Rapper, movie star, and community activist, rapper T.I. wears many hats in the public eye, and he is adding to his repertoire.
According to the Washington Post, the Atlanta-based rapper will be teaming with Ebenezer Baptist Church TTP to address nationwide concerns with mass incarceration of people of color.
The conference is set to kick off June 17 and will take place at the former church home of Reverend Dr. Martin Luther King.
Along with TI and Ebenezer Baptist Church, there will be numerous other faith partners participating in what is advertised as “The Multifaith Movement to End Mass Incarceration”
One of the most notable attendees and participators in the event is “The Central Park Five,” now known as “The Exonerated Five.” They have resurged as another face of the movement to end mass incarceration following their mini-series “When They See Us” on Netflix, which has told their story to a younger audience has since become the most viewed show since it’s premiere on May 31, 2019.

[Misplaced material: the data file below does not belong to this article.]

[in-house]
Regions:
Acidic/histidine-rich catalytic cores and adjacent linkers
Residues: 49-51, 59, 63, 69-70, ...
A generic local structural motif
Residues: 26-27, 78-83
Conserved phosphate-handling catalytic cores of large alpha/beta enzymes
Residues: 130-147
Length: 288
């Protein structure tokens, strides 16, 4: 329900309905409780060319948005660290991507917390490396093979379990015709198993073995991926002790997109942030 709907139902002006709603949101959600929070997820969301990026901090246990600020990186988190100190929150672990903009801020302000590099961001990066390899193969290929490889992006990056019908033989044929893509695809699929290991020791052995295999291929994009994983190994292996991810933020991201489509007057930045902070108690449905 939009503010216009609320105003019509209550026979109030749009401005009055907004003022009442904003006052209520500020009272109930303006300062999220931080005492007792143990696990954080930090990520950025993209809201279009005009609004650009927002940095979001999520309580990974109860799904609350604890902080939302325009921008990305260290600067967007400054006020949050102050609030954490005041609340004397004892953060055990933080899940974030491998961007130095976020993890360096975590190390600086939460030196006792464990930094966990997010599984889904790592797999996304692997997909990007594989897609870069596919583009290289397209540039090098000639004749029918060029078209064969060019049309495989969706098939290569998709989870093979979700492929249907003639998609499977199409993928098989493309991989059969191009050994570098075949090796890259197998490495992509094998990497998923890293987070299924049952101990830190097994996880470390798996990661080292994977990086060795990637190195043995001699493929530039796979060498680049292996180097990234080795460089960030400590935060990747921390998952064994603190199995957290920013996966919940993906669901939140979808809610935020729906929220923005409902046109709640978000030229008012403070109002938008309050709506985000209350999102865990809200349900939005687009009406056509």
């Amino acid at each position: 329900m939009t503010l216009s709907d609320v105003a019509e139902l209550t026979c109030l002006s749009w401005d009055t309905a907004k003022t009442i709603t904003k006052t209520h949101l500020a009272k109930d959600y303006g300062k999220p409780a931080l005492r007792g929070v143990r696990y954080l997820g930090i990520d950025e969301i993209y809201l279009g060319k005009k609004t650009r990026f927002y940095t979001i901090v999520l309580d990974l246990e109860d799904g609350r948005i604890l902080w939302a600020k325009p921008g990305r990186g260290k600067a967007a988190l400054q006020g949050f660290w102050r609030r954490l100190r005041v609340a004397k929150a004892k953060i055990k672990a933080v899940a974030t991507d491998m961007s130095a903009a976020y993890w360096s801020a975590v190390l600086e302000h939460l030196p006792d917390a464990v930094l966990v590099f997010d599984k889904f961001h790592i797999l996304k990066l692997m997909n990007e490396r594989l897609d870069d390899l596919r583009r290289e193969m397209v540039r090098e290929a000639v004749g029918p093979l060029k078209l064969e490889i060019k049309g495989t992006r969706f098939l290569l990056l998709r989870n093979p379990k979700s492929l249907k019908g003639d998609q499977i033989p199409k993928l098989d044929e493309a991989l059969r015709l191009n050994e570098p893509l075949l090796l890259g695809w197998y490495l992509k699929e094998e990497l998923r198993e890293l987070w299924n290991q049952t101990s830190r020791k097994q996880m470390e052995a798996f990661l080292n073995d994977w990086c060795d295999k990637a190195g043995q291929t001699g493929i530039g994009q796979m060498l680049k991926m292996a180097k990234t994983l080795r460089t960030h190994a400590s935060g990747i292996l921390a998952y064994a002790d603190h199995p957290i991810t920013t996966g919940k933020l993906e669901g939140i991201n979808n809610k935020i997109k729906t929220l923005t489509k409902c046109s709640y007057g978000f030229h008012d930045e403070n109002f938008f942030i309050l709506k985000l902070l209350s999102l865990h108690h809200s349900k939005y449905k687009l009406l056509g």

There will be two separate phases to this movement; the first phase will be the momentum phase, which runs through the end of June 2019, and the implementation phase, which begins at the end of June 2019, and runs through May 30, 2023.
The momentum phase will serve as the foundation of the movement. Momentum serves as the time period to notify people that a movement is beginning, along with gathering notoriety, this phase will serve as a time to adopt policies and practices that serve as replacements to incarceration on all levels, ranging from state, to national.
Following the momentum phase will be an implementation phase. This is the lifeblood of the movement; where all of the action will take place for the next four years. This is where community leaders, and activists will provide the resources necessary to arm their constituents with the training and resources necessary to show resentment to the problem of mass incarceration.
Yusef Salaam, a member of The Exonerated Five believes this is the right course of action at the right time, telling The Root, “I want to use my platform to expose this ugly reality, especially as it pertains to young people, so that there will never again be a Central Park Five, there will never again be a Kalief Browder, and we can finally change this system for good.”